African American In Africa: Pastor Robinson in Cameroon

 Pastor Alan Robinson conducting prison outreach in Cameroon.

Pastor Alan Robinson conducting prison outreach in Cameroon.

Meet Pastor Alan Robinson, a missionary dedicated to merging his faith with his passion for Africa. He shares his experience of ministering in Cameroon and why relocating to another African nation might be his future.


On Your Path to the African Continent

Aside from Cameroon, which African countries have you lived in or visited? How did these opportunities come about?

I have been privileged to go to Tanzania, Kenya, and Ghana to train pastors, leaders, and believers on how to share the gospel with signs of healing. Before moving to Cameroon, I went on several short-term missions trip to Tanzania over a ten-year span.


How did you end up moving to Cameroon?

I moved to Cameroon specifically to conduct my training in as many countries in Africa as possible. I have been living in a suburb of Douala called Bonaberi for about three years.

This is a photo of over a dozen people posing for a photo. Most of the people are holding certificates. The pastor in the front row center wearing a red shirt and kneeling. Behind everyone is a poster that says Christ Gospel Mission Cameroon.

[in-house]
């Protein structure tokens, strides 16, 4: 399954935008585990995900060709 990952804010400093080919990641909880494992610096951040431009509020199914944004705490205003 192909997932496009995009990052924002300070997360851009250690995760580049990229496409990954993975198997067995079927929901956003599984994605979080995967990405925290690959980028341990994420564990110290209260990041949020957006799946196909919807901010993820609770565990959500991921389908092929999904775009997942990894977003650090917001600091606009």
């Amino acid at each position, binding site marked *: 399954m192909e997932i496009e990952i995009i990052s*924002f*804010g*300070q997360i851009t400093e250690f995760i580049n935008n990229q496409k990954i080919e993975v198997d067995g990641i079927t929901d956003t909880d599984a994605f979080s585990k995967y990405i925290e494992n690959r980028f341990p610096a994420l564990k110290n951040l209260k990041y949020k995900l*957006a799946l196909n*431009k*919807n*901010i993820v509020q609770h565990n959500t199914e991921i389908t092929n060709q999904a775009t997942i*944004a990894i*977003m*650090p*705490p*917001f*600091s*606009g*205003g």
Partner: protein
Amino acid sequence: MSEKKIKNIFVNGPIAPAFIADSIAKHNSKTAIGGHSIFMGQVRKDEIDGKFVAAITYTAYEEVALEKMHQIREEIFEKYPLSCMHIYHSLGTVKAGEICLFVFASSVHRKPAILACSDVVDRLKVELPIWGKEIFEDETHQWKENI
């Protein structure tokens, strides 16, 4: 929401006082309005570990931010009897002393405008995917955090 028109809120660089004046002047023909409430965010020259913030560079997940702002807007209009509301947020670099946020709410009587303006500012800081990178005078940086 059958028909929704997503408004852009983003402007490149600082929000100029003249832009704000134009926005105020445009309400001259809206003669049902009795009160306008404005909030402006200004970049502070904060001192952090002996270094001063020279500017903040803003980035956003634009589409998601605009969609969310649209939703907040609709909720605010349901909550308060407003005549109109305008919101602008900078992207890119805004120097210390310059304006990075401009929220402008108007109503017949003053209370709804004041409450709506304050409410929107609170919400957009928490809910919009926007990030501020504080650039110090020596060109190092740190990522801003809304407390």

This is a photo of over a dozen people posing for a photo. Most of the people are holding certificates. The pastor in the front row center wearing a red shirt and kneeling. Behind everyone is a poster that says Christ Gospel Mission Cameroon.

Professional Life

Can you tell us a bit more about your professional work in Cameroon?

I'm a missionary with the goal of traveling to all countries on the African continent that open their doors for my training. My training is through a seminar called the Elijah Challenge Basic Training. Basically, it teaches how to preach the gospel with the signs of healing and deliverance. I conduct the training freely without charge.

As a pastor, what would you say to counter certain criticisms surrounding Christianity in Africa such as “prosperity preachers” and other negative perceptions of Christianity’s impact on Africa, pulling Africans away from “traditional” spirituality?

To those who are distrustful of missionaries working in Africa: I'm not a pastor in the sense that I don't pastor a specific congregation. I am an ordained minister and a missionary specifically focusing my training in Africa. The organized religion called Christianity deserves all the criticism it gets as the historical record is very clear. I consider myself a follower of Jesus and the New Testament apostles as recorded in the Bible. The ministry of Jesus and the apostles cannot be compared to the historical record of organized religion.

With that said, I realize that it is very difficult for most to grasp my unique position. I do work with organized religion since most believers come under one denomination or another. I don't believe traditional African religion is any better than Christianity in the sense that it also has its very dark side as well, and also focuses on money.This subject is too exhaustive to give proper time to in this interview.